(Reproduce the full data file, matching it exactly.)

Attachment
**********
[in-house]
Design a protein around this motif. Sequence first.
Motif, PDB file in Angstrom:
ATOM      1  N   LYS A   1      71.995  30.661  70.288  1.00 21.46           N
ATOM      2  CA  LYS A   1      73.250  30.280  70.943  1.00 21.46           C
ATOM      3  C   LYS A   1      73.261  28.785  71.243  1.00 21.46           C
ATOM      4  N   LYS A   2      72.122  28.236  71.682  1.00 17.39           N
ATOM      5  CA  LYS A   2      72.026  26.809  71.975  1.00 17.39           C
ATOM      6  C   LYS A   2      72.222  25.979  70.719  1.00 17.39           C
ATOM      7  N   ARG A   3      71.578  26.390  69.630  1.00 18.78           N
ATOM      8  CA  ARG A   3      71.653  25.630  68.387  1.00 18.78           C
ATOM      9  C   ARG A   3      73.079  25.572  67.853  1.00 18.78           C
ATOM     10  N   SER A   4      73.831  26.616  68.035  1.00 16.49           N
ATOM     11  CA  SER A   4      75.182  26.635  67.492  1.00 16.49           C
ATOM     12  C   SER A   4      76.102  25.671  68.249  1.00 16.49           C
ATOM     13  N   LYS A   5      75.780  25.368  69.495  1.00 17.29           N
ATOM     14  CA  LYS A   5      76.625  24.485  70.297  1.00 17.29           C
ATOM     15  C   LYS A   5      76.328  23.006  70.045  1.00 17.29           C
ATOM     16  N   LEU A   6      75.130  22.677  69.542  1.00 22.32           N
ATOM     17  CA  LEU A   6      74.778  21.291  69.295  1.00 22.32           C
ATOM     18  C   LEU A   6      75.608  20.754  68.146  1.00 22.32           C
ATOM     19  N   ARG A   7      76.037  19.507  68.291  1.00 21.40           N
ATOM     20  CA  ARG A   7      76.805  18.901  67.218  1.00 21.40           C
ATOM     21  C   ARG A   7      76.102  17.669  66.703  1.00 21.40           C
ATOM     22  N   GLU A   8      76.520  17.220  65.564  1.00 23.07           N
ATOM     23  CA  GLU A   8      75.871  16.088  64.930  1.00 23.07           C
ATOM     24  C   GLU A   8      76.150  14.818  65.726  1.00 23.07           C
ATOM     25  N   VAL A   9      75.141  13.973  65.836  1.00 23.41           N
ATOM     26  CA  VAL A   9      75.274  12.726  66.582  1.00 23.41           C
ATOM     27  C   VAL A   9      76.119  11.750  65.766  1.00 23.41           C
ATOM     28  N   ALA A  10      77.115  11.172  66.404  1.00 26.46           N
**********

[in-house]
Design a protein around this motif. Sequence first.
Motif, PDB file in Angstrom:
ATOM      1  N   LYS A   1      71.995  30.661  70.288  1.00 21.46           N
ATOM      2  CA  LYS A   1      73.250  30.280  70.943  1.00 21.46           C
ATOM      3  C   LYS A   1      73.261  28.785  71.243  1.00 21.46           C
ATOM      4  N   LYS A   2      72.122  28.236  71.682  1.00 17.39           N
ATOM      5  CA  LYS A   2      72.026  26.809  71.975  1.00 17.39           C
ATOM      6  C   LYS A   2      72.222  25.979  70.719  1.00 17.39           C
ATOM      7  N   ARG A   3      71.578  26.390  69.630  1.00 18.78           N
ATOM      8  CA  ARG A   3      71.653  25.630  68.387  1.00 18.78           C
ATOM      9  C   ARG A   3      73.079  25.572  67.853  1.00 18.78           C
ATOM     10  N   SER A   4      73.831  26.616  68.035  1.00 16.49           N
ATOM     11  CA  SER A   4      75.182  26.635  67.492  1.00 16.49           C
ATOM     12  C   SER A   4      76.102  25.671  68.249  1.00 16.49           C
ATOM     13  N   LYS A   5      75.780  25.368  69.495  1.00 17.29           N
ATOM     14  CA  LYS A   5      76.625  24.485  70.297  1.00 17.29           C
ATOM     15  C   LYS A   5      76.328  23.006  70.045  1.00 17.29           C
ATOM     16  N   LEU A   6      75.130  22.677  69.542  1.00 22.32           N
ATOM     17  CA  LEU A   6      74.778  21.291  69.295  1.00 22.32           C
ATOM     18  C   LEU A   6      75.608  20.754  68.146  1.00 22.32           C
ATOM     19  N   ARG A   7      76.037  19.507  68.291  1.00 21.40           N
ATOM     20  CA  ARG A   7      76.805  18.901  67.218  1.00 21.40           C
ATOM     21  C   ARG A   7      76.102  17.669  66.703  1.00 21.40           C
ATOM     22  N   GLU A   8      76.520  17.220  65.564  1.00 23.07           N
ATOM     23  CA  GLU A   8      75.871  16.088  64.930  1.00 23.07           C
ATOM     24  C   GLU A   8      76.150  14.818  65.726  1.00 23.07           C
ATOM     25  N   VAL A   9      75.141  13.973  65.836  1.00 23.41           N
ATOM     26  CA  VAL A   9      75.274  12.726  66.582  1.00 23.41           C
ATOM     27  C   VAL A   9      76.119  11.750  65.766  1.00 23.41           C
ATOM     28  N   ALA A  10      77.115  11.172  66.404  1.00 26.46           N